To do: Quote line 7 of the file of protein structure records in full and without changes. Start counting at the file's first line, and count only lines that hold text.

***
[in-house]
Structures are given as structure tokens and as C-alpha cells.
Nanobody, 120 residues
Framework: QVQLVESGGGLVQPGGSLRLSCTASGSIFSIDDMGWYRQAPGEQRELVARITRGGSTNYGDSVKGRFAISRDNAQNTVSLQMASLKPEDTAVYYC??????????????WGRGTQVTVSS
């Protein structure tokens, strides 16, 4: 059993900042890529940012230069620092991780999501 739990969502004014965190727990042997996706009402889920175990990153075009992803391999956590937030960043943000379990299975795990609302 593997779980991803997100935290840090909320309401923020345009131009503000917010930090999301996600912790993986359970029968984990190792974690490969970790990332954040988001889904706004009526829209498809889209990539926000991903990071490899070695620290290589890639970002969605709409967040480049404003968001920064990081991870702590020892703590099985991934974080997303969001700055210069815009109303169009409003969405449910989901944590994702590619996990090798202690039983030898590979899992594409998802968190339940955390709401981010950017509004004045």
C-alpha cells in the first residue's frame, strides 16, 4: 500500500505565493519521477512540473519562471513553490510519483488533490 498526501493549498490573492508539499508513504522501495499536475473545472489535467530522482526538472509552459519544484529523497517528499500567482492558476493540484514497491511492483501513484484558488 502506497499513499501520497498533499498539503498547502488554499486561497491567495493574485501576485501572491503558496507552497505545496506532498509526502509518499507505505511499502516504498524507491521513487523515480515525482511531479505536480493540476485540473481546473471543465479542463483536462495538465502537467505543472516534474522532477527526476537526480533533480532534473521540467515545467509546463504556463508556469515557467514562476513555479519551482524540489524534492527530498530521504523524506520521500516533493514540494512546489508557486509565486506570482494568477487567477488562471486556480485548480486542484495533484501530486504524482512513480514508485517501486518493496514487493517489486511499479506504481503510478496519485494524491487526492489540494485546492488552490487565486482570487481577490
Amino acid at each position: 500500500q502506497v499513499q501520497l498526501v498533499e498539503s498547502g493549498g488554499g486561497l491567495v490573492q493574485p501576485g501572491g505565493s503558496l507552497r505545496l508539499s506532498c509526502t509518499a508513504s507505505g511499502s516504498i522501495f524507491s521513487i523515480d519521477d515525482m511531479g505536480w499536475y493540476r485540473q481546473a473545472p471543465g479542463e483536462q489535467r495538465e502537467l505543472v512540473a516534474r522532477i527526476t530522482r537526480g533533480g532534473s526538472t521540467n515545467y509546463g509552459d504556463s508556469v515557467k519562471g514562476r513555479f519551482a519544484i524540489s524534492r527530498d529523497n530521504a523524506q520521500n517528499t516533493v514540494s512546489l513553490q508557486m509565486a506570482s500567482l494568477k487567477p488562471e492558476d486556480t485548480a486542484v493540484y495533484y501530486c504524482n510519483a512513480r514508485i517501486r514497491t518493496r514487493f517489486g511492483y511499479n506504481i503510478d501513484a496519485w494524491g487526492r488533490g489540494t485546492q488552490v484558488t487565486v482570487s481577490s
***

Amino acid at each position: 500500500q502506497v499513499q501520497l498526501v498533499e498539503s498547502g493549498g488554499g486561497l491567495v490573492q493574485p501576485g501572491g505565493s503558496l507552497r505545496l508539499s506532498c509526502t509518499a508513504s507505505g511499502s516504498i522501495f524507491s521513487i523515480d519521477d515525482m511531479g505536480w499536475y493540476r485540473q481546473a473545472p471543465g479542463e483536462q489535467r495538465e502537467l505543472v512540473a516534474r522532477i527526476t530522482r537526480g533533480g532534473s526538472t521540467n515545467y509546463g509552459d504556463s508556469v515557467k519562471g514562476r513555479f519551482a519544484i524540489s524534492r527530498d529523497n530521504a523524506q520521500n517528499t516533493v514540494s512546489l513553490q508557486m509565486a506570482s500567482l494568477k487567477p488562471e492558476d486556480t485548480a486542484v493540484y495533484y501530486c504524482n510519483a512513480r514508485i517501486r514497491t518493496r514487493f517489486g511492483y511499479n506504481i503510478d501513484a496519485w494524491g487526492r488533490g489540494t485546492q488552490v484558488t487565486v482570487s481577490s